Before coming to Colorado State University, Brissa Chavez Mendoza knew she wanted to pursue a career in health care but wasn’t sure what exact direction she’d take.
She chose a major broad enough to explore several options – biology – and is now graduating from the College of Natural Sciences with aspirations of becoming an occupational therapist.
Born in Chihuahua, Mexico, and raised in Denver, the first-generation college student immersed herself in learning and outreach programs to help guide her exploration of the biology major and everything CSU had to offer and to help other students succeed.
She joined the College of Natural Sciences Learning Community, where she tutored and mentored local children. She served as a learning assistant in the course Life 102 and as part of the Catalyst Learning Program, and she worked on placental sheep tissue in the lab of Associate Professor Gerrit Bouma in the Department of Biomedical Sciences. She also served on the Biology Leadership Council, which helps underrepresented students learn about resources and manage their time at college.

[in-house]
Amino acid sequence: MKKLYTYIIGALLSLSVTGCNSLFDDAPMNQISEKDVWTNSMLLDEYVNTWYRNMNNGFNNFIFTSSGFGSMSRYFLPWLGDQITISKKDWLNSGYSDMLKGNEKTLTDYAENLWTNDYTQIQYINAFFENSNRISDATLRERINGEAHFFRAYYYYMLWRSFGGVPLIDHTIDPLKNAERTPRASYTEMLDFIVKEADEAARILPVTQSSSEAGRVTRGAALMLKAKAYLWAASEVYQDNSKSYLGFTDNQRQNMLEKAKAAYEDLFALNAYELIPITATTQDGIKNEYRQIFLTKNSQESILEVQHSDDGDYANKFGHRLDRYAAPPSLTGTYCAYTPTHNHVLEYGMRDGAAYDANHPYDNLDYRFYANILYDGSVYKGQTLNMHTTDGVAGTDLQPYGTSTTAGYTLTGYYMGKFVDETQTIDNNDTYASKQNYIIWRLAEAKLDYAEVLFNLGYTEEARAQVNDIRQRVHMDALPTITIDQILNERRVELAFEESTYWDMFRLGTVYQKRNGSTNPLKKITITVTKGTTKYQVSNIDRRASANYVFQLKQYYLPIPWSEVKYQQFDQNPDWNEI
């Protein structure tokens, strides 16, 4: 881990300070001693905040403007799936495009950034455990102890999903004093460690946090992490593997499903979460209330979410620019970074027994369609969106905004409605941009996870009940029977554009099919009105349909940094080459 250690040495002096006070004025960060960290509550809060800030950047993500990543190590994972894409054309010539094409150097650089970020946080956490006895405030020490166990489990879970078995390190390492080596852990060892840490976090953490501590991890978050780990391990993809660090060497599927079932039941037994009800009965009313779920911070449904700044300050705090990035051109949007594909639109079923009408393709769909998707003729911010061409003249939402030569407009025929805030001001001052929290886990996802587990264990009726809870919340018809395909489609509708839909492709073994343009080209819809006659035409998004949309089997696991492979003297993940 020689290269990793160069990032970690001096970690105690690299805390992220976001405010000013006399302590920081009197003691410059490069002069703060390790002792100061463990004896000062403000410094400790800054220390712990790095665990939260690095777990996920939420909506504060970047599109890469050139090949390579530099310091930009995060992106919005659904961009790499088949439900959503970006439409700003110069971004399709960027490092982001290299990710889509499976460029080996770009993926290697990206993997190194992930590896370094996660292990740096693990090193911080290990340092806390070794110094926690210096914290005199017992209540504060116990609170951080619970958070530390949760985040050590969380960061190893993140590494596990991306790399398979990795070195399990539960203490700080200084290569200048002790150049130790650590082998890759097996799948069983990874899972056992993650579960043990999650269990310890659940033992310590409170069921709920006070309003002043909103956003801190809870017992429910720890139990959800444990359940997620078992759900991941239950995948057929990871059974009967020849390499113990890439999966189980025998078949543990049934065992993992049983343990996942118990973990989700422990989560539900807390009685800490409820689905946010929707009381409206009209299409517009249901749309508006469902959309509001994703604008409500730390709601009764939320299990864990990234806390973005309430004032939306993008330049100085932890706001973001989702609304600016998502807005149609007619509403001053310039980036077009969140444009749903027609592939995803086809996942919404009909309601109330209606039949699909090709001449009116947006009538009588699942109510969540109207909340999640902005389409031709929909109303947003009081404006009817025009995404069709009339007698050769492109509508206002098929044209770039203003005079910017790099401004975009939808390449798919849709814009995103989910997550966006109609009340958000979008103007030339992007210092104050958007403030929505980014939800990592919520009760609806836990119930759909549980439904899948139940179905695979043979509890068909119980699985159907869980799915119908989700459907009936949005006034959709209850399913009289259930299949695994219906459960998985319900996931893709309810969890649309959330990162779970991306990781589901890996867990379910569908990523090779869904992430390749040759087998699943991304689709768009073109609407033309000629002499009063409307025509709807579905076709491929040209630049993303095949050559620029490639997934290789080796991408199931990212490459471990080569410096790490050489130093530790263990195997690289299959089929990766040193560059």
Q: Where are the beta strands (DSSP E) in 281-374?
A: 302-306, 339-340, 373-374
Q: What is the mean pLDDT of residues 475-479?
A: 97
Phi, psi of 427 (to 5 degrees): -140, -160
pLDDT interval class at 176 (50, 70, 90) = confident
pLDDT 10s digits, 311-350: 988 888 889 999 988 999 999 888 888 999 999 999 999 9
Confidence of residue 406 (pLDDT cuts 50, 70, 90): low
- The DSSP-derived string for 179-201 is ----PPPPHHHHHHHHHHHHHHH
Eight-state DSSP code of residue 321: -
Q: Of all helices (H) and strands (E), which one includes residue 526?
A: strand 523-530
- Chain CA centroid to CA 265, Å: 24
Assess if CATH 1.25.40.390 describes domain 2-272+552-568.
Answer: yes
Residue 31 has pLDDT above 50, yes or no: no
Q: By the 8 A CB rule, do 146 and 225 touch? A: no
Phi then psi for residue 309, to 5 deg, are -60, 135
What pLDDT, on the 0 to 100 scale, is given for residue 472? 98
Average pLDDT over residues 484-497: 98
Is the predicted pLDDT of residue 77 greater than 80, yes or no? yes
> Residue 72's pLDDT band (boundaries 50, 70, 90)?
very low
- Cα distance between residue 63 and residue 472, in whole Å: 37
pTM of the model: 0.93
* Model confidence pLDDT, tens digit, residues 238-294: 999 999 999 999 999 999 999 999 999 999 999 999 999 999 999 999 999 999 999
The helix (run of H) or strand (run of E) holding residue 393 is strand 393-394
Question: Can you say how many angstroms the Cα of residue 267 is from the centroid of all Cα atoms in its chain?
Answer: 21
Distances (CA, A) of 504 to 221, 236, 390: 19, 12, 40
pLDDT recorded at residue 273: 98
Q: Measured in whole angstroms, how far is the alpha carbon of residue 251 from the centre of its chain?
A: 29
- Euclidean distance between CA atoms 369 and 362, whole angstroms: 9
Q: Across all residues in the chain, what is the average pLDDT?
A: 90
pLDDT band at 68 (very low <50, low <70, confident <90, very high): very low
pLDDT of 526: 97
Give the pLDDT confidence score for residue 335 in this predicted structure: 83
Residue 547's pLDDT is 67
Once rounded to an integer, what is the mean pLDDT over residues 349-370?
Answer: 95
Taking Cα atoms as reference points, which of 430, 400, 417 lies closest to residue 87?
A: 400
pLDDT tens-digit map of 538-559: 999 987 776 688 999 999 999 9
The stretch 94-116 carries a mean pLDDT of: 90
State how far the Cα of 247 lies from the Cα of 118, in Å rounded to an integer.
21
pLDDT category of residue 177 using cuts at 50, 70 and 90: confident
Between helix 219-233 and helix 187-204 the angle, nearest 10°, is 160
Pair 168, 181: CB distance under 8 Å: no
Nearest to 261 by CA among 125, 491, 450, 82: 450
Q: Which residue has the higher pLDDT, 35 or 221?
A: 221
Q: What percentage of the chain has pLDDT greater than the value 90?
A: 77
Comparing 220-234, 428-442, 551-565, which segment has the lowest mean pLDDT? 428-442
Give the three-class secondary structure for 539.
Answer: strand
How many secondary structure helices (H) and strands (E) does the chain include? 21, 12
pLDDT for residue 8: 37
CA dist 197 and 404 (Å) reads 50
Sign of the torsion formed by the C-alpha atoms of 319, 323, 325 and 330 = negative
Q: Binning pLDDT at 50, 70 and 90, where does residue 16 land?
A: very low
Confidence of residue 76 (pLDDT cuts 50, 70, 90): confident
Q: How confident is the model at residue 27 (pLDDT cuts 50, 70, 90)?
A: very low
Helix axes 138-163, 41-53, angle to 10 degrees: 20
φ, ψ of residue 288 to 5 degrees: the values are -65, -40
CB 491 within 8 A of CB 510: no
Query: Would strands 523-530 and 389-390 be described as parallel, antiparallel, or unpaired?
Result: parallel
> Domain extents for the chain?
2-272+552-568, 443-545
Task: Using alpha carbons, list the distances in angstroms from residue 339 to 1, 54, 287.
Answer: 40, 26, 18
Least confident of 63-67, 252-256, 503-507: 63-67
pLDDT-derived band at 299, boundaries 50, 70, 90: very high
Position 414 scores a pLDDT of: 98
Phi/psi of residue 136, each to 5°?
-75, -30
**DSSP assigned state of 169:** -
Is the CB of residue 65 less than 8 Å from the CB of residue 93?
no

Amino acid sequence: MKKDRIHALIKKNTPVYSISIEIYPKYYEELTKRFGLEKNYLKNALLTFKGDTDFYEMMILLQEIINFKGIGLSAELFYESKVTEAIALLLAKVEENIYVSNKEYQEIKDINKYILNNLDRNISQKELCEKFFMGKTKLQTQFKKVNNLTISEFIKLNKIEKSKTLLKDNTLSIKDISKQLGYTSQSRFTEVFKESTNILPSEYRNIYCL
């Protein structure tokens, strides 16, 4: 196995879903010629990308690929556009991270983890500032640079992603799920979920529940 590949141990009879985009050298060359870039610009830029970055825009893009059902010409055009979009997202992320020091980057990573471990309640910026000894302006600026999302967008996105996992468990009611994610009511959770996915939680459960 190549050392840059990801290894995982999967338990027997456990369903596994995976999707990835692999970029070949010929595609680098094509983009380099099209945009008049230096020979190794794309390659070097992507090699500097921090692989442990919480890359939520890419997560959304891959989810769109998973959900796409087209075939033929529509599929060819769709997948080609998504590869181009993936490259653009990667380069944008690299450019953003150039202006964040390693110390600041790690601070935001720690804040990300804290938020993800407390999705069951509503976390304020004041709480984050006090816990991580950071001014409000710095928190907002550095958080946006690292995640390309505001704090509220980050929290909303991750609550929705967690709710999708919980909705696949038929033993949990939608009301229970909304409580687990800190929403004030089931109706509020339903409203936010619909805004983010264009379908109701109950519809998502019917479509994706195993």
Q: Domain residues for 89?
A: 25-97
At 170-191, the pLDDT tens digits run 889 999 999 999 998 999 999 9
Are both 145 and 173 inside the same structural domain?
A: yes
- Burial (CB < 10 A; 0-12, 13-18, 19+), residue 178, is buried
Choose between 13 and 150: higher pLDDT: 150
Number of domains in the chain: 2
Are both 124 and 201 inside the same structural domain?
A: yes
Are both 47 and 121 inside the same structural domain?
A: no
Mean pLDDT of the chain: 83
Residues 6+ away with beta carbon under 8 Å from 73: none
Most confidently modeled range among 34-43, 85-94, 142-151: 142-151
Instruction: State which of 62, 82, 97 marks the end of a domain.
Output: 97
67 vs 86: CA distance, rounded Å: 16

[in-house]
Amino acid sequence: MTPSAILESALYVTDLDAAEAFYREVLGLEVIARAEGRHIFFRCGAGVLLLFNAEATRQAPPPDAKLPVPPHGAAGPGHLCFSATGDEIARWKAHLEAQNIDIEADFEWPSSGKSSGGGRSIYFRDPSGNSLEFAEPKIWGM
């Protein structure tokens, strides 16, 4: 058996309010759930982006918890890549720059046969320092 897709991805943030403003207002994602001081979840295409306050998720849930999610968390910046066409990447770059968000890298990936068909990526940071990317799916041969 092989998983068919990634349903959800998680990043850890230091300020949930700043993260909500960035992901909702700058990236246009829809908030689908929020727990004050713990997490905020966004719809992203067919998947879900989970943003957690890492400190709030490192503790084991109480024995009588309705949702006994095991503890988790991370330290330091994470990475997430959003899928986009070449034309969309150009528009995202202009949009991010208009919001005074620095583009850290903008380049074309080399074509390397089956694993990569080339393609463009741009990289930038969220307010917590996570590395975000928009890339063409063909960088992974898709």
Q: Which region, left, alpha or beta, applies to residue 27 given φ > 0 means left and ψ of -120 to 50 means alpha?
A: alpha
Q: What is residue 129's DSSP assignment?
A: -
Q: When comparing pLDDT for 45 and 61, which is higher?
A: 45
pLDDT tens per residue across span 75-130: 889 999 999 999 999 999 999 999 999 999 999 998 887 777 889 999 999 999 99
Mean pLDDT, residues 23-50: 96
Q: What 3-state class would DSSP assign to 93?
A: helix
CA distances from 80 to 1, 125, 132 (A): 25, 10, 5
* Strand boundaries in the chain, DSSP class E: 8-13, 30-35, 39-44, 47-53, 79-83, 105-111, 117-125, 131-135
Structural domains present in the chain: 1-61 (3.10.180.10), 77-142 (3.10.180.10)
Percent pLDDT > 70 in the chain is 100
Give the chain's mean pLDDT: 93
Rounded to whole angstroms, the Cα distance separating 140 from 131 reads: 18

Chavez Mendoza is grateful for the help and support she received through the Community for Excellence program, the Honors Program, and the Denver Scholarship Foundation, as well as the Dream.us Scholarship. Her academic advisor, Abbie Reade, helped her through the toughest parts of navigating CSU, as did Stacey Clark, who created the Catalyst Community and presented her the opportunity to serve in it.
Being a student during the pandemic, especially as the first in her family to attend college, posed some unique challenges.
“I had to relearn how to learn, essentially, because many of the ways I learned were no longer available,” she said. “I greatly appreciated the professors who were understanding during the pandemic and didn’t penalize for things that were out of my control. Through that, I was able to form closer relationships with professors and instructors who I may not have come into contact otherwise.”
Chavez Mendoza will take a gap year before attending graduate school, during which time she will save money, gain experience, and most of all, get a break after earning her degree through a most unusual year.